Cinnamon Raisin Bread


I mean who doesn’t love raisin cinnamon bread??  I love it dearly, but have fairly high standards for the stuff.  First off, it needs to have some heft to it…yeasty, but still light enough to toast up nicely.  It definitely has to have enough raisins in it so you get them in every bite, with lovely, fragrant cinnamon swirls flavoring the whole.

If that sounds good to you, then you really need to think about making this for yourself.  It’s actually not at all difficult – I promise!  I’ve been making this for about a year now, so I think the kinks have definitely been worked out of  it. 

I started with the Light Wheat Bread recipe from the Bread Bakers Apprentice cookbook as the basis, added some gluten, for that heft I was talking about, raisins, and a good dusting of cinnamon sugar.  I increased the water in the recipe to accommodate the gluten, and it made the dough quite tender and easy to work with.

Since we’re using instant yeast in this, it’s just a matter of combining all your dough ingredients into a bowl, mixing, kneading, rolling into a ball, and letting it rise for a couple of hours.

Then roll it into a rectangle and apply the cinnamon sugar…

Roll it up, place it in your loaf pan and let it rise a final time.

Then bake....

cool and slice.  It really is THAT easy.  You won’t find this in the store… it’s going to have to come out of your oven.  Your people will thank you.

Cinnamon Raisin Bread

Printable Recipe

3 cups unbleached bread flour

1 cup A-P flour

2 T (.6 oz) gluten flour

2 tablespoons (1 oz.) granulated sugar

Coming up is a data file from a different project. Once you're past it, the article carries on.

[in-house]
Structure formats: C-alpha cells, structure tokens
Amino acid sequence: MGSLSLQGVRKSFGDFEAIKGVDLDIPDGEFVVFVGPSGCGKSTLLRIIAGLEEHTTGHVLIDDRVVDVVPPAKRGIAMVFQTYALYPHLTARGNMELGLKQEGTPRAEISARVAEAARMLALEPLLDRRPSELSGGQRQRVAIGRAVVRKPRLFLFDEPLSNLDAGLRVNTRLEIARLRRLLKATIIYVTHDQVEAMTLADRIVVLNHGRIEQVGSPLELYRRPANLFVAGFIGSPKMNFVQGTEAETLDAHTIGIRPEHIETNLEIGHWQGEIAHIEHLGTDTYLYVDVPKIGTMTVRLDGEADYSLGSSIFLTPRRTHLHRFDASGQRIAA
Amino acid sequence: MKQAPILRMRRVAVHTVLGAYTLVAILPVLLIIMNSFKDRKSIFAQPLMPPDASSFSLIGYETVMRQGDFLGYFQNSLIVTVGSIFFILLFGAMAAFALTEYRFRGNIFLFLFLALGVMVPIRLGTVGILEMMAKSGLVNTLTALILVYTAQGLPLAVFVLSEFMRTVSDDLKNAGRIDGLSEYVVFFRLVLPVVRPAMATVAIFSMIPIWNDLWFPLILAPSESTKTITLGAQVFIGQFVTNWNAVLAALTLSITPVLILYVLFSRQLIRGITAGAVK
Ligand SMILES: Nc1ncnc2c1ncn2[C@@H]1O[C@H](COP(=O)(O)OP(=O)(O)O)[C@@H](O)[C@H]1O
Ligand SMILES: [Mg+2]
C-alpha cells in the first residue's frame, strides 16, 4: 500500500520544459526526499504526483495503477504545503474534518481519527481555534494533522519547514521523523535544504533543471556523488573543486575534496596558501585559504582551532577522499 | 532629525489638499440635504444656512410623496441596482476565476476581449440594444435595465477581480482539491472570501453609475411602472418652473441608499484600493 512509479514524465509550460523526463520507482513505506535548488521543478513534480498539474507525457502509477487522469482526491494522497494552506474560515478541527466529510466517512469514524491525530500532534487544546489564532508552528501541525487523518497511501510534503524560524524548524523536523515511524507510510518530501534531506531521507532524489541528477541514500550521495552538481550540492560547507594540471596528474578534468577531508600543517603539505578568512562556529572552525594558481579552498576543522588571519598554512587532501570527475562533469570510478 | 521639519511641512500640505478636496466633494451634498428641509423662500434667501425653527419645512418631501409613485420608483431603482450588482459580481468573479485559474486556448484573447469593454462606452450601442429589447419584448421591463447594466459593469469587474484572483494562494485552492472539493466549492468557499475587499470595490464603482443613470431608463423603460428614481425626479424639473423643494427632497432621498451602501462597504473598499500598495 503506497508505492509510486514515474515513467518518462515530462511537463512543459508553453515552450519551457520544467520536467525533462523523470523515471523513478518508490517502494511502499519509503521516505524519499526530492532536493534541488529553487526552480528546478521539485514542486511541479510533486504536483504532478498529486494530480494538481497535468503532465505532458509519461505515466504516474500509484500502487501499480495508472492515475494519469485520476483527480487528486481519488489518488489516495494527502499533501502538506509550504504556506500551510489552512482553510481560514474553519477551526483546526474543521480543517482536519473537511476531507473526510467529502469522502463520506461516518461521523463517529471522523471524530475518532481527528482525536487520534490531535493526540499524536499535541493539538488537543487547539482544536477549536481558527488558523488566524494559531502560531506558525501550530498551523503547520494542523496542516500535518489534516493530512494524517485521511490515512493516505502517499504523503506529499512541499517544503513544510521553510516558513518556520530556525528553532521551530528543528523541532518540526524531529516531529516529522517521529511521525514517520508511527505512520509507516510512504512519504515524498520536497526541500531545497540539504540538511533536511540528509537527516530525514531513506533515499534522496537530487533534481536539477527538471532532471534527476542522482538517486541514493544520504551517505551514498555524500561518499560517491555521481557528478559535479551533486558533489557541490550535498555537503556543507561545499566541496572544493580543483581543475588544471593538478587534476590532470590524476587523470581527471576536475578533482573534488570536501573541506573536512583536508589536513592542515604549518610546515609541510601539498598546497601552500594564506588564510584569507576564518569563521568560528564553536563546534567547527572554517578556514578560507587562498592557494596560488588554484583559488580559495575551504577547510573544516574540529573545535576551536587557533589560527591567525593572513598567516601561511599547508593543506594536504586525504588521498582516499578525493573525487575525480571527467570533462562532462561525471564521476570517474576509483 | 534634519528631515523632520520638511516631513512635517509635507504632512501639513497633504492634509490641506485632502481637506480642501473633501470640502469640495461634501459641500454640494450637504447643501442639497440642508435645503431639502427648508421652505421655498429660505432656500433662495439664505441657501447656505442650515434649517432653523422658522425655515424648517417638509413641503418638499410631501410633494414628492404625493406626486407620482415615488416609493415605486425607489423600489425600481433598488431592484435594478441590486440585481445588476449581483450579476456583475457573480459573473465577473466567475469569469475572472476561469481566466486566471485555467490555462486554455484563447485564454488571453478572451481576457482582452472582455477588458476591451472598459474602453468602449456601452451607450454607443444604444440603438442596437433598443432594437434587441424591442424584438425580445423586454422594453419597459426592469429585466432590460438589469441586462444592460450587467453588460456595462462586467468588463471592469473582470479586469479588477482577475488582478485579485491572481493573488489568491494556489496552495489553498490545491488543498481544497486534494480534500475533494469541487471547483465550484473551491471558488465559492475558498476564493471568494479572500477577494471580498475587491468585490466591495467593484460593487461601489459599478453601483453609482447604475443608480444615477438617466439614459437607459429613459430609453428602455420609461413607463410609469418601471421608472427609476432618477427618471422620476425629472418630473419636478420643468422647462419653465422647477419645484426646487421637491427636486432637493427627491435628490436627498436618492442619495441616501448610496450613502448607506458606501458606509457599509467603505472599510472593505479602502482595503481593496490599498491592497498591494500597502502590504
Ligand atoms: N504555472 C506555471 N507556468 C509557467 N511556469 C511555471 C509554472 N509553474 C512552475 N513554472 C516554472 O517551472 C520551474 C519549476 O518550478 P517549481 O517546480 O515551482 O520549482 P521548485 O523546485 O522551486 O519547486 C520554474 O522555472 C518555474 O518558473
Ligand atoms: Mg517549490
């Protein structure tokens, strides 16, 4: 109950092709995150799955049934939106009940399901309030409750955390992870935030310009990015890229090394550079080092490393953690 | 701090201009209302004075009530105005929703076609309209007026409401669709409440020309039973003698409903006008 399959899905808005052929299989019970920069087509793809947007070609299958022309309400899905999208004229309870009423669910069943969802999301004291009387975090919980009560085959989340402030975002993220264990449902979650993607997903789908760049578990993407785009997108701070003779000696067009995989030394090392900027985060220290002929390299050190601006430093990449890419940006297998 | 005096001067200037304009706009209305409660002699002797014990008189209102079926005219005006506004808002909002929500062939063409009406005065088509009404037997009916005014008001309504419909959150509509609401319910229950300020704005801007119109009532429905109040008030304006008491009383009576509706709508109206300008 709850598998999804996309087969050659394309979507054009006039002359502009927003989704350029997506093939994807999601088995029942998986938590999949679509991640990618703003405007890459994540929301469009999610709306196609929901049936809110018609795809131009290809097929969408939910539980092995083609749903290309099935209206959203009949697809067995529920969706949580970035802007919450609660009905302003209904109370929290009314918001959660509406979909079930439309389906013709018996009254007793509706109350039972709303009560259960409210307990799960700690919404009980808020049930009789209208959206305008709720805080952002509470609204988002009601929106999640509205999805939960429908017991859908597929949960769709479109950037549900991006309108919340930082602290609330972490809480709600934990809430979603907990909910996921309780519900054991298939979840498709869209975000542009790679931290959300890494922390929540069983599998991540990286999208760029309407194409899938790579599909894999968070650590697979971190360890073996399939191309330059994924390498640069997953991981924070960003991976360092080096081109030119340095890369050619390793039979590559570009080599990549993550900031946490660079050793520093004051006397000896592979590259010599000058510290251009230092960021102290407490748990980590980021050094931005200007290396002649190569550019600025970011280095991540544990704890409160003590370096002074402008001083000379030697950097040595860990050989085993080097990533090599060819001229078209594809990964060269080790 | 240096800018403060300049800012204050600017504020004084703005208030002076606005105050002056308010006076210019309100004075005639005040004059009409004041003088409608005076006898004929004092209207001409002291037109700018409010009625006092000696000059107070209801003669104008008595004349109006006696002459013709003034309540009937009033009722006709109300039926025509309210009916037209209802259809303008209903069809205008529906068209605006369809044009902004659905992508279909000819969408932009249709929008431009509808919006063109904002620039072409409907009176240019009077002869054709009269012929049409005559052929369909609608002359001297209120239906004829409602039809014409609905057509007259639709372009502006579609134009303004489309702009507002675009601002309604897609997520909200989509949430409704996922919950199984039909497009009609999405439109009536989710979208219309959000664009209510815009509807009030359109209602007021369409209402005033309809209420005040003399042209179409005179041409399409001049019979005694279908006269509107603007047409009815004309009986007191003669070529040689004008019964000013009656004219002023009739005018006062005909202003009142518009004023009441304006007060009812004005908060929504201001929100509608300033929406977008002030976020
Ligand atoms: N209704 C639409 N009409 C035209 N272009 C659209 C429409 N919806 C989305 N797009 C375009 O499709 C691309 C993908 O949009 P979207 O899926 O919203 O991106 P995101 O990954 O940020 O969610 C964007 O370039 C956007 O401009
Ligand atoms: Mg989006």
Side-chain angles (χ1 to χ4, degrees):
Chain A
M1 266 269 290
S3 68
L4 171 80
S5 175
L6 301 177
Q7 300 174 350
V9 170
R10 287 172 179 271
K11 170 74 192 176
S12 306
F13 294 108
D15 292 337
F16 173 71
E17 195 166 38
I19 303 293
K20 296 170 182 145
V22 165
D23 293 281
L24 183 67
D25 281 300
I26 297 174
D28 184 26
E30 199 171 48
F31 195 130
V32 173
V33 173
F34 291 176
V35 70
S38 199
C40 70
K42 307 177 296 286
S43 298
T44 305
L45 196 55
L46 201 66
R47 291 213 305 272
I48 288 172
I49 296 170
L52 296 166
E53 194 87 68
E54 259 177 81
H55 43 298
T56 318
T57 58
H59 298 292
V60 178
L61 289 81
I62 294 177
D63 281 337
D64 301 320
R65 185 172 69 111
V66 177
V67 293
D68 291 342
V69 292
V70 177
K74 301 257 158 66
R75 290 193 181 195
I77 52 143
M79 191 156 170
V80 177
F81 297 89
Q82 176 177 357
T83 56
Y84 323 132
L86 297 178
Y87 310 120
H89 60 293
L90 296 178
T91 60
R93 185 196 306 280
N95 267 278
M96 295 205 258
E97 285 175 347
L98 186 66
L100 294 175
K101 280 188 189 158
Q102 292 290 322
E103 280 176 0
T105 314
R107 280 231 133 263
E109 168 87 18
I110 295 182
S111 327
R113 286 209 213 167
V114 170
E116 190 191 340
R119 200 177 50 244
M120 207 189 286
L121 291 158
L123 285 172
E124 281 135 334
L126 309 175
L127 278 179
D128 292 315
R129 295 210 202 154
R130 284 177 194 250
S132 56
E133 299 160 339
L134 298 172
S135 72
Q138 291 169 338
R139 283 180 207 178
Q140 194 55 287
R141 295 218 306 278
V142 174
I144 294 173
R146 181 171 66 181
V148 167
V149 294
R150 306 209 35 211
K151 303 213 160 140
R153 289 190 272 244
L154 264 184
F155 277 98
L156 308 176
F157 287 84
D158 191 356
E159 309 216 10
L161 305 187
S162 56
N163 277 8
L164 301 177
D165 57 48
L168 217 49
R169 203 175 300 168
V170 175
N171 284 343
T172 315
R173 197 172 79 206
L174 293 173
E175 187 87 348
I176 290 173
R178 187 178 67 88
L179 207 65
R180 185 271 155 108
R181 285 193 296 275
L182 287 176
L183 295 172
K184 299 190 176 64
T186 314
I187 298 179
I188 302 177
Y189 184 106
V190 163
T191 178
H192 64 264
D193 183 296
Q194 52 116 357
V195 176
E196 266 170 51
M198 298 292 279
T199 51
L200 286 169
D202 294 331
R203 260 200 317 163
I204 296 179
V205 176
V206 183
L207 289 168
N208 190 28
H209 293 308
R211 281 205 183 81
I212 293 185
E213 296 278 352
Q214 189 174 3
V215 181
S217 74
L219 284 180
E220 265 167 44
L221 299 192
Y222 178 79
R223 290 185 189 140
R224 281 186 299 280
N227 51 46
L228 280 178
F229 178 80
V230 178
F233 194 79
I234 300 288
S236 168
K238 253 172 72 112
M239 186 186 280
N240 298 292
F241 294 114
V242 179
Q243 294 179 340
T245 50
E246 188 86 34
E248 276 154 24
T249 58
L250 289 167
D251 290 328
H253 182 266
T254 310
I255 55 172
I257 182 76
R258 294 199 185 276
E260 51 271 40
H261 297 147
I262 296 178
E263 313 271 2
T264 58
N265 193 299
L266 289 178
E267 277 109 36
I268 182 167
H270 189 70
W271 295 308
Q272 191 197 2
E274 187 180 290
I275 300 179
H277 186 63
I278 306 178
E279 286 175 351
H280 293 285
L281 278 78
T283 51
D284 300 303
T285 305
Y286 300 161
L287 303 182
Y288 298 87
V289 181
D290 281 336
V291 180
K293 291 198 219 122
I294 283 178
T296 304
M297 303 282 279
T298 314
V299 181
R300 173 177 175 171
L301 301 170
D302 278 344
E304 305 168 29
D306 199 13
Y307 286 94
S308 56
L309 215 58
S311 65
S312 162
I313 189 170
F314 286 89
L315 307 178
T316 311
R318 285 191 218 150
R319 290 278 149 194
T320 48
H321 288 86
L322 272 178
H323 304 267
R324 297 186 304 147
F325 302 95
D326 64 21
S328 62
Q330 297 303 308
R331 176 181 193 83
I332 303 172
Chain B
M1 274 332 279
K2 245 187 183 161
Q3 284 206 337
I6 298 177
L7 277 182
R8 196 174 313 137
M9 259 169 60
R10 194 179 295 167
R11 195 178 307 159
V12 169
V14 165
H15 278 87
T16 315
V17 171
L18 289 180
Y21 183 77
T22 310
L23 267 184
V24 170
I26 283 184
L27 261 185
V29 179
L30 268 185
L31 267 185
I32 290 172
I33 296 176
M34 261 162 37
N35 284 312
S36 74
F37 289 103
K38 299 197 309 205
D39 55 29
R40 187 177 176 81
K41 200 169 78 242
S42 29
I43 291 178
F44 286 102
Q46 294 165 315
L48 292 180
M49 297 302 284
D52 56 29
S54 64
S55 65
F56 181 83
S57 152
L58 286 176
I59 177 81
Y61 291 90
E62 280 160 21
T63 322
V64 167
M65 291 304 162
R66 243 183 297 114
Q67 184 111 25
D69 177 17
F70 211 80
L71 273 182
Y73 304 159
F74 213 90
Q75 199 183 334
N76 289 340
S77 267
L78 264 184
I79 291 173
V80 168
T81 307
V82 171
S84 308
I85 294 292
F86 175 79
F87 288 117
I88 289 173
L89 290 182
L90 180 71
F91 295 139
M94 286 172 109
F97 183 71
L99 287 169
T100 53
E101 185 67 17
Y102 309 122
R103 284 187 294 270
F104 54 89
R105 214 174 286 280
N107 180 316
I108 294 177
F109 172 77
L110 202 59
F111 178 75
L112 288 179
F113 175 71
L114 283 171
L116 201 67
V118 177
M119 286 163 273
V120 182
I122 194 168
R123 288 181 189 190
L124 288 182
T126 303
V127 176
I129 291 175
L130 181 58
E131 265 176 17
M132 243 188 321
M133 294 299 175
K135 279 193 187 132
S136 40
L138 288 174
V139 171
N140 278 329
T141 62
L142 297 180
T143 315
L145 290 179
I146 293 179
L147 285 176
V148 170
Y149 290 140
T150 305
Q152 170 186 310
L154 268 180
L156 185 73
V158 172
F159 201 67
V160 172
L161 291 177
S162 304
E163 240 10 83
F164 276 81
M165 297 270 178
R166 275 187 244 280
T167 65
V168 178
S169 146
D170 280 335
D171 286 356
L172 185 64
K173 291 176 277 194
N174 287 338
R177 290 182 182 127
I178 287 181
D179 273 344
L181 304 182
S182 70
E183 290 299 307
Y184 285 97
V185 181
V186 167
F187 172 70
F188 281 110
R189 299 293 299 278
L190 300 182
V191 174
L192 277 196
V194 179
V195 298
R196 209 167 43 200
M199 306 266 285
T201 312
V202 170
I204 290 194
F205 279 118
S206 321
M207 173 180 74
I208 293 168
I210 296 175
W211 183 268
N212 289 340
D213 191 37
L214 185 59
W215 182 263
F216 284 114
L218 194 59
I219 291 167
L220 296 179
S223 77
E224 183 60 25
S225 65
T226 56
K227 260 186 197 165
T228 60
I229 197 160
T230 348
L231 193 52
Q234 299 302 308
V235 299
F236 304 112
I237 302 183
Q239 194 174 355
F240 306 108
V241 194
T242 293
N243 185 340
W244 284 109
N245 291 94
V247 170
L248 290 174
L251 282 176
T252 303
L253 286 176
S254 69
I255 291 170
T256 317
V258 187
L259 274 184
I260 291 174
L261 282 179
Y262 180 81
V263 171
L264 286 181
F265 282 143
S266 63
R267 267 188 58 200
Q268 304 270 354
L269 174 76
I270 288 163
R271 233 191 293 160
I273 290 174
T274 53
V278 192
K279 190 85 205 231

1 1/2 teaspoons (.38 oz.) salt

3 tablespoons (1 oz.) powdered milk

1 1/2 teaspoons (.17 oz.) instant yeast

2 tablespoons (1 oz.) shortening or unsalted butter, at room temperature

1 ½+ cups (12 oz.) water, at room temperature (I use closer to 14 oz)

½ cup (+) raisins

1/3 cup sugar and

1 ½ tablespoons cinnamon

1. Whisk together the flours, gluten, sugar, salt, powdered milk, and yeast in a 4-quart bowl of a standing mixer.  With the machine running, add the shortening, and 1 ½ cups of the water.   When fairly well mixed, slowly add the raisins and continue mixing on low speed until the ingredients form a ball.  It should be fairly tacky.  If not, add a little more water and continue mixing.  It is better for it to be a little too soft that to be too stiff and tough.

2. Knead for another 10 minutes or so to make a firm, supple dough that is slightly tacky but not sticky.  Create a ball with the dough, dragging it towards you against the counter to create surface tension.  Lightly oil a large bowl and transfer the dough to the bowl, rolling it around to coat it with oil. Cover the bowl with plastic wrap. Ferment at room temperature for 1 1/2 to 2 hours, or until the dough doubles in size.

3. Combine the cinnamon and sugar.  Remove the dough to a flat work surface and press it by hand into a rectangle about 8 inches wide, and 10 to 12 inches long. Sprinkle liberally with 3/4 of the cinnamon-sugar mixture.  Roll up the length of the dough pinching the crease with each rotation to strengthen the surface tension. It will spread wider as you roll it.

Pinch the final seam closed with the back edge of your hand or with your thumbs. Place the loaf in a lightly oiled 9 x 5 inch bread pan; the ends of the loaf should touch the ends of the pan to ensure an even rise. Brush the top with melted butter and sprinkle with more cinnamon/sugar.  Loosely cover with plastic wrap.

4. Proof at room temperature for approximately 60 to 90 minutes, or until the dough crests above the lip of the pan.

5. Preheat the oven to 350 degrees with the oven rack on the middle shelf.

6. Place the bread pan on a sheet pan and bake for 30 minutes. Rotate the pan 180 degrees for even baking and continue baking for 15 to 30 minutes, depending on the oven. The finished loaf should register 190 degrees in the center, be golden brown on the top and the sides, and sound hollow when thumped on the bottom.

7. When the bread is finished baking, remove it immediately from the loaf pan and cool it on a rack for at least 1 hour, preferably 2 hours.